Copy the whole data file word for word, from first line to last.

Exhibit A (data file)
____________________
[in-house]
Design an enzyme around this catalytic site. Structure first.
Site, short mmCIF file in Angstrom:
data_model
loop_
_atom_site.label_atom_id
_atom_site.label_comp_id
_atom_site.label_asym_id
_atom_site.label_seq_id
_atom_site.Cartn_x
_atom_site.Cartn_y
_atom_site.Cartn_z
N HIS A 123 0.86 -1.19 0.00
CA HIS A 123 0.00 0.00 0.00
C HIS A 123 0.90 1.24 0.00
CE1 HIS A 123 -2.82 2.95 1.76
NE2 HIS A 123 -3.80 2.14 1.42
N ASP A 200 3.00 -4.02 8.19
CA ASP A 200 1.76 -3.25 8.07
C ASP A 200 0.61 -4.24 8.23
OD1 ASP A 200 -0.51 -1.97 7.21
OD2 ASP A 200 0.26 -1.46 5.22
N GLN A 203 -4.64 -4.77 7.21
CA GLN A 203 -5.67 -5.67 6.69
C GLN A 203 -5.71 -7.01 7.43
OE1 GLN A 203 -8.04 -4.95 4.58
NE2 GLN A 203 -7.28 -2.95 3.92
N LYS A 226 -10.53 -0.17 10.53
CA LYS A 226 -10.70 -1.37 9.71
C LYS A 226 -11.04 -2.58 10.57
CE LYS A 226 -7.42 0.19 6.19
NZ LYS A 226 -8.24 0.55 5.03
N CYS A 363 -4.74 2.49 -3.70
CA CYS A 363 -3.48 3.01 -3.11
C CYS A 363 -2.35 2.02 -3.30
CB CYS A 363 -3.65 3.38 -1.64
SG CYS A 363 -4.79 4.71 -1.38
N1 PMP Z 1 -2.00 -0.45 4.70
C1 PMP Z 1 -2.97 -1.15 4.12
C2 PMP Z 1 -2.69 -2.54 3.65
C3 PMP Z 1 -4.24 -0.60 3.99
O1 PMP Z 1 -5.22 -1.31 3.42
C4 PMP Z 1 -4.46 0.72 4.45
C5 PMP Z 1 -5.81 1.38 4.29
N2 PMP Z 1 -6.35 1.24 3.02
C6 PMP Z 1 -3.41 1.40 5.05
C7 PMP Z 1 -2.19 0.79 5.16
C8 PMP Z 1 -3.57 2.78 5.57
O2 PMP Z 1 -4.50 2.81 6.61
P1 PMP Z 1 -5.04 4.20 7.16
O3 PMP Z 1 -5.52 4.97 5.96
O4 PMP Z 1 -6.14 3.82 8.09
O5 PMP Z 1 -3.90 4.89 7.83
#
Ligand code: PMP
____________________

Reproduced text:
[in-house]
Design an enzyme around this catalytic site. Structure first.
Site, short mmCIF file in Angstrom:
data_model
loop_
_atom_site.label_atom_id
_atom_site.label_comp_id
_atom_site.label_asym_id
_atom_site.label_seq_id
_atom_site.Cartn_x
_atom_site.Cartn_y
_atom_site.Cartn_z
N HIS A 123 0.86 -1.19 0.00
CA HIS A 123 0.00 0.00 0.00
C HIS A 123 0.90 1.24 0.00
CE1 HIS A 123 -2.82 2.95 1.76
NE2 HIS A 123 -3.80 2.14 1.42
N ASP A 200 3.00 -4.02 8.19
CA ASP A 200 1.76 -3.25 8.07
C ASP A 200 0.61 -4.24 8.23
OD1 ASP A 200 -0.51 -1.97 7.21
OD2 ASP A 200 0.26 -1.46 5.22
N GLN A 203 -4.64 -4.77 7.21
CA GLN A 203 -5.67 -5.67 6.69
C GLN A 203 -5.71 -7.01 7.43
OE1 GLN A 203 -8.04 -4.95 4.58
NE2 GLN A 203 -7.28 -2.95 3.92
N LYS A 226 -10.53 -0.17 10.53
CA LYS A 226 -10.70 -1.37 9.71
C LYS A 226 -11.04 -2.58 10.57
CE LYS A 226 -7.42 0.19 6.19
NZ LYS A 226 -8.24 0.55 5.03
N CYS A 363 -4.74 2.49 -3.70
CA CYS A 363 -3.48 3.01 -3.11
C CYS A 363 -2.35 2.02 -3.30
CB CYS A 363 -3.65 3.38 -1.64
SG CYS A 363 -4.79 4.71 -1.38
N1 PMP Z 1 -2.00 -0.45 4.70
C1 PMP Z 1 -2.97 -1.15 4.12
C2 PMP Z 1 -2.69 -2.54 3.65
C3 PMP Z 1 -4.24 -0.60 3.99
O1 PMP Z 1 -5.22 -1.31 3.42
C4 PMP Z 1 -4.46 0.72 4.45
C5 PMP Z 1 -5.81 1.38 4.29
N2 PMP Z 1 -6.35 1.24 3.02
C6 PMP Z 1 -3.41 1.40 5.05
C7 PMP Z 1 -2.19 0.79 5.16
C8 PMP Z 1 -3.57 2.78 5.57
O2 PMP Z 1 -4.50 2.81 6.61
P1 PMP Z 1 -5.04 4.20 7.16
O3 PMP Z 1 -5.52 4.97 5.96
O4 PMP Z 1 -6.14 3.82 8.09
O5 PMP Z 1 -3.90 4.89 7.83
#
Ligand code: PMP